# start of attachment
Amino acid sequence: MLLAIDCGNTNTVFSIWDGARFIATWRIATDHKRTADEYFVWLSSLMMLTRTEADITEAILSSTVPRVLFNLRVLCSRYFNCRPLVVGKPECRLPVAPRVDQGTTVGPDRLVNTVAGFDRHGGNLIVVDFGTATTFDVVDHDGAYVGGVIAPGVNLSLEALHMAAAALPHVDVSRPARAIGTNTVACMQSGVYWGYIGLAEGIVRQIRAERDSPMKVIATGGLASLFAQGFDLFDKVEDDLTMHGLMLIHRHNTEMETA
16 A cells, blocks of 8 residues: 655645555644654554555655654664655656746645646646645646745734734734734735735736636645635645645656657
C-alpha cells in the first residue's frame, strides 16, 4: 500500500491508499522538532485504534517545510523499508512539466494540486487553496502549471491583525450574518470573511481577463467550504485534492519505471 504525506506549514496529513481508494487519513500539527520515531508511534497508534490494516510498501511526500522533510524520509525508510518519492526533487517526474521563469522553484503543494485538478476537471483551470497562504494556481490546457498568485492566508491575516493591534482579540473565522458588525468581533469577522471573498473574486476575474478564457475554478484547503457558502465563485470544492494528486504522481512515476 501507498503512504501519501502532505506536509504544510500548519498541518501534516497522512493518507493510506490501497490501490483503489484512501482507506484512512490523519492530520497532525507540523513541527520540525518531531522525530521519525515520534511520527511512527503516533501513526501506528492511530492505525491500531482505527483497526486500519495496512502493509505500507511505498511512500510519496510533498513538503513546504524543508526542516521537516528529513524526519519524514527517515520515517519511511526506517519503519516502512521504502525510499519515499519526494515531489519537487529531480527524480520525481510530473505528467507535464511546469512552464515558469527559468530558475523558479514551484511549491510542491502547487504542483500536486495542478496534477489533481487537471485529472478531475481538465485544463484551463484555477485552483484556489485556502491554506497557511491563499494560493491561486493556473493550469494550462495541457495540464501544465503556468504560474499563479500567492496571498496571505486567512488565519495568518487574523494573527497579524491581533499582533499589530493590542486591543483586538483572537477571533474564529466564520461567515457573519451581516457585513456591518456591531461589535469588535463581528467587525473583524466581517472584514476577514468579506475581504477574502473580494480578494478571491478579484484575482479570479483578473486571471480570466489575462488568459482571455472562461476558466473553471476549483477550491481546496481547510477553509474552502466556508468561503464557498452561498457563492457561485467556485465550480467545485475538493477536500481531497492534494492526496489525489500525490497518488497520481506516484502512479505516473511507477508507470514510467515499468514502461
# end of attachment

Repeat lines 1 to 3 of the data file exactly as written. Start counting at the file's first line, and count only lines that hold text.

Amino acid sequence: MLLAIDCGNTNTVFSIWDGARFIATWRIATDHKRTADEYFVWLSSLMMLTRTEADITEAILSSTVPRVLFNLRVLCSRYFNCRPLVVGKPECRLPVAPRVDQGTTVGPDRLVNTVAGFDRHGGNLIVVDFGTATTFDVVDHDGAYVGGVIAPGVNLSLEALHMAAAALPHVDVSRPARAIGTNTVACMQSGVYWGYIGLAEGIVRQIRAERDSPMKVIATGGLASLFAQGFDLFDKVEDDLTMHGLMLIHRHNTEMETA
16 A cells, blocks of 8 residues: 655645555644654554555655654664655656746645646646645646745734734734734735735736636645635645645656657
C-alpha cells in the first residue's frame, strides 16, 4: 500500500491508499522538532485504534517545510523499508512539466494540486487553496502549471491583525450574518470573511481577463467550504485534492519505471 504525506506549514496529513481508494487519513500539527520515531508511534497508534490494516510498501511526500522533510524520509525508510518519492526533487517526474521563469522553484503543494485538478476537471483551470497562504494556481490546457498568485492566508491575516493591534482579540473565522458588525468581533469577522471573498473574486476575474478564457475554478484547503457558502465563485470544492494528486504522481512515476 501507498503512504501519501502532505506536509504544510500548519498541518501534516497522512493518507493510506490501497490501490483503489484512501482507506484512512490523519492530520497532525507540523513541527520540525518531531522525530521519525515520534511520527511512527503516533501513526501506528492511530492505525491500531482505527483497526486500519495496512502493509505500507511505498511512500510519496510533498513538503513546504524543508526542516521537516528529513524526519519524514527517515520515517519511511526506517519503519516502512521504502525510499519515499519526494515531489519537487529531480527524480520525481510530473505528467507535464511546469512552464515558469527559468530558475523558479514551484511549491510542491502547487504542483500536486495542478496534477489533481487537471485529472478531475481538465485544463484551463484555477485552483484556489485556502491554506497557511491563499494560493491561486493556473493550469494550462495541457495540464501544465503556468504560474499563479500567492496571498496571505486567512488565519495568518487574523494573527497579524491581533499582533499589530493590542486591543483586538483572537477571533474564529466564520461567515457573519451581516457585513456591518456591531461589535469588535463581528467587525473583524466581517472584514476577514468579506475581504477574502473580494480578494478571491478579484484575482479570479483578473486571471480570466489575462488568459482571455472562461476558466473553471476549483477550491481546496481547510477553509474552502466556508468561503464557498452561498457563492457561485467556485465550480467545485475538493477536500481531497492534494492526496489525489500525490497518488497520481506516484502512479505516473511507477508507470514510467515499468514502461